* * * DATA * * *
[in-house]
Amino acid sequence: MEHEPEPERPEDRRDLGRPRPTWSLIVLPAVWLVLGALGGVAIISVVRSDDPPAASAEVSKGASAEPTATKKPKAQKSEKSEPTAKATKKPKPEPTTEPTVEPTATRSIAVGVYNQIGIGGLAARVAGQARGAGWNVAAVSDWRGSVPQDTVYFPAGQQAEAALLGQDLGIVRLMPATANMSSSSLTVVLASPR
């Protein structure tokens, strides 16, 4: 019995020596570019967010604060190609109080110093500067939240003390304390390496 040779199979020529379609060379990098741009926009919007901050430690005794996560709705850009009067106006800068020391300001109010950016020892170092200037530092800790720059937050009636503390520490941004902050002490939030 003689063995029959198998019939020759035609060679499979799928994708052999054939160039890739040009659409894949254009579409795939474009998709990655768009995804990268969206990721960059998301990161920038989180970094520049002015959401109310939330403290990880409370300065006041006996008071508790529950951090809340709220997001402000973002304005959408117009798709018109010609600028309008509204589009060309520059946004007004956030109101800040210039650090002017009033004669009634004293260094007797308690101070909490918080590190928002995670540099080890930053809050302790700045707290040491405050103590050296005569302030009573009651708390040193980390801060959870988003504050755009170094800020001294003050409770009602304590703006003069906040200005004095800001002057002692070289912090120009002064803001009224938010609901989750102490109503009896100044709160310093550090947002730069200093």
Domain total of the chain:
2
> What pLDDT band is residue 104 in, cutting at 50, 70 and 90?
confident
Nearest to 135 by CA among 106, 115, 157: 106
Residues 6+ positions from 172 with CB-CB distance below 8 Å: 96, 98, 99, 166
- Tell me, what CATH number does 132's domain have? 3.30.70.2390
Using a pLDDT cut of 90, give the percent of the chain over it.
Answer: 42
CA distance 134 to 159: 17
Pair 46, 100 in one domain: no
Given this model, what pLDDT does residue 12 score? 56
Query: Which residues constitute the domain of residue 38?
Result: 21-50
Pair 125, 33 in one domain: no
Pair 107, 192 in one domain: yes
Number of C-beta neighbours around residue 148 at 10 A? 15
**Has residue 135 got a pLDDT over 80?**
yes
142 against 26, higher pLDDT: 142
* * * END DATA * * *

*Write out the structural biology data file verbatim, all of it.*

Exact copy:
[in-house]
Amino acid sequence: MEHEPEPERPEDRRDLGRPRPTWSLIVLPAVWLVLGALGGVAIISVVRSDDPPAASAEVSKGASAEPTATKKPKAQKSEKSEPTAKATKKPKPEPTTEPTVEPTATRSIAVGVYNQIGIGGLAARVAGQARGAGWNVAAVSDWRGSVPQDTVYFPAGQQAEAALLGQDLGIVRLMPATANMSSSSLTVVLASPR
């Protein structure tokens, strides 16, 4: 019995020596570019967010604060190609109080110093500067939240003390304390390496 040779199979020529379609060379990098741009926009919007901050430690005794996560709705850009009067106006800068020391300001109010950016020892170092200037530092800790720059937050009636503390520490941004902050002490939030 003689063995029959198998019939020759035609060679499979799928994708052999054939160039890739040009659409894949254009579409795939474009998709990655768009995804990268969206990721960059998301990161920038989180970094520049002015959401109310939330403290990880409370300065006041006996008071508790529950951090809340709220997001402000973002304005959408117009798709018109010609600028309008509204589009060309520059946004007004956030109101800040210039650090002017009033004669009634004293260094007797308690101070909490918080590190928002995670540099080890930053809050302790700045707290040491405050103590050296005569302030009573009651708390040193980390801060959870988003504050755009170094800020001294003050409770009602304590703006003069906040200005004095800001002057002692070289912090120009002064803001009224938010609901989750102490109503009896100044709160310093550090947002730069200093």
Domain total of the chain:
2
> What pLDDT band is residue 104 in, cutting at 50, 70 and 90?
confident
Nearest to 135 by CA among 106, 115, 157: 106
Residues 6+ positions from 172 with CB-CB distance below 8 Å: 96, 98, 99, 166
- Tell me, what CATH number does 132's domain have? 3.30.70.2390
Using a pLDDT cut of 90, give the percent of the chain over it.
Answer: 42
CA distance 134 to 159: 17
Pair 46, 100 in one domain: no
Given this model, what pLDDT does residue 12 score? 56
Query: Which residues constitute the domain of residue 38?
Result: 21-50
Pair 125, 33 in one domain: no
Pair 107, 192 in one domain: yes
Number of C-beta neighbours around residue 148 at 10 A? 15
**Has residue 135 got a pLDDT over 80?**
yes
142 against 26, higher pLDDT: 142